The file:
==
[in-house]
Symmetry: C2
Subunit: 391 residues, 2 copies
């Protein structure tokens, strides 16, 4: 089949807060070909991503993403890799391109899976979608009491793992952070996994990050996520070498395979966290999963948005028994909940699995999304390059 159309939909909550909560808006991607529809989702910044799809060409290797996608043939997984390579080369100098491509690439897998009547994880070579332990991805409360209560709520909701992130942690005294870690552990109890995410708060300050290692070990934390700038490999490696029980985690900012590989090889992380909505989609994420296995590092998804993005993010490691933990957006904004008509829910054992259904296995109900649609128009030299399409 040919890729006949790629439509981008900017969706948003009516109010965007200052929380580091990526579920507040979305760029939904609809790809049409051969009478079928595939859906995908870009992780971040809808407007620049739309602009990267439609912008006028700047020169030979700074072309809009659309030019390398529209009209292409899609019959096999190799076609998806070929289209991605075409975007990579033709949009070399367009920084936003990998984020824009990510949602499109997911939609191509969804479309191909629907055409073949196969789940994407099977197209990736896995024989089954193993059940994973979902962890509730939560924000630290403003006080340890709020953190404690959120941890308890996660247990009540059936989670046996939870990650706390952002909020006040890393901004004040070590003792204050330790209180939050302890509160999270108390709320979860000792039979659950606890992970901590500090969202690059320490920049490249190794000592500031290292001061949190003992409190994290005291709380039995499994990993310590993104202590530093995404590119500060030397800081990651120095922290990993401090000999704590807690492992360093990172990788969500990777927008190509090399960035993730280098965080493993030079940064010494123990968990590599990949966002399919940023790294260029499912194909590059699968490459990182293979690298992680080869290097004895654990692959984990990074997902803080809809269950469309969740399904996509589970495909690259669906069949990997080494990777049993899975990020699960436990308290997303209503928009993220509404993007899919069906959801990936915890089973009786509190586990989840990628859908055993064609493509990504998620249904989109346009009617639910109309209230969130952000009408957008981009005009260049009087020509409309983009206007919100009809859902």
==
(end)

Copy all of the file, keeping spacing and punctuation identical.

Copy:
[in-house]
Symmetry: C2
Subunit: 391 residues, 2 copies
């Protein structure tokens, strides 16, 4: 089949807060070909991503993403890799391109899976979608009491793992952070996994990050996520070498395979966290999963948005028994909940699995999304390059 159309939909909550909560808006991607529809989702910044799809060409290797996608043939997984390579080369100098491509690439897998009547994880070579332990991805409360209560709520909701992130942690005294870690552990109890995410708060300050290692070990934390700038490999490696029980985690900012590989090889992380909505989609994420296995590092998804993005993010490691933990957006904004008509829910054992259904296995109900649609128009030299399409 040919890729006949790629439509981008900017969706948003009516109010965007200052929380580091990526579920507040979305760029939904609809790809049409051969009478079928595939859906995908870009992780971040809808407007620049739309602009990267439609912008006028700047020169030979700074072309809009659309030019390398529209009209292409899609019959096999190799076609998806070929289209991605075409975007990579033709949009070399367009920084936003990998984020824009990510949602499109997911939609191509969804479309191909629907055409073949196969789940994407099977197209990736896995024989089954193993059940994973979902962890509730939560924000630290403003006080340890709020953190404690959120941890308890996660247990009540059936989670046996939870990650706390952002909020006040890393901004004040070590003792204050330790209180939050302890509160999270108390709320979860000792039979659950606890992970901590500090969202690059320490920049490249190794000592500031290292001061949190003992409190994290005291709380039995499994990993310590993104202590530093995404590119500060030397800081990651120095922290990993401090000999704590807690492992360093990172990788969500990777927008190509090399960035993730280098965080493993030079940064010494123990968990590599990949966002399919940023790294260029499912194909590059699968490459990182293979690298992680080869290097004895654990692959984990990074997902803080809809269950469309969740399904996509589970495909690259669906069949990997080494990777049993899975990020699960436990308290997303209503928009993220509404993007899919069906959801990936915890089973009786509190586990989840990628859908055993064609493509990504998620249904989109346009009617639910109309209230969130952000009408957008981009005009260049009087020509409309983009206007919100009809859902």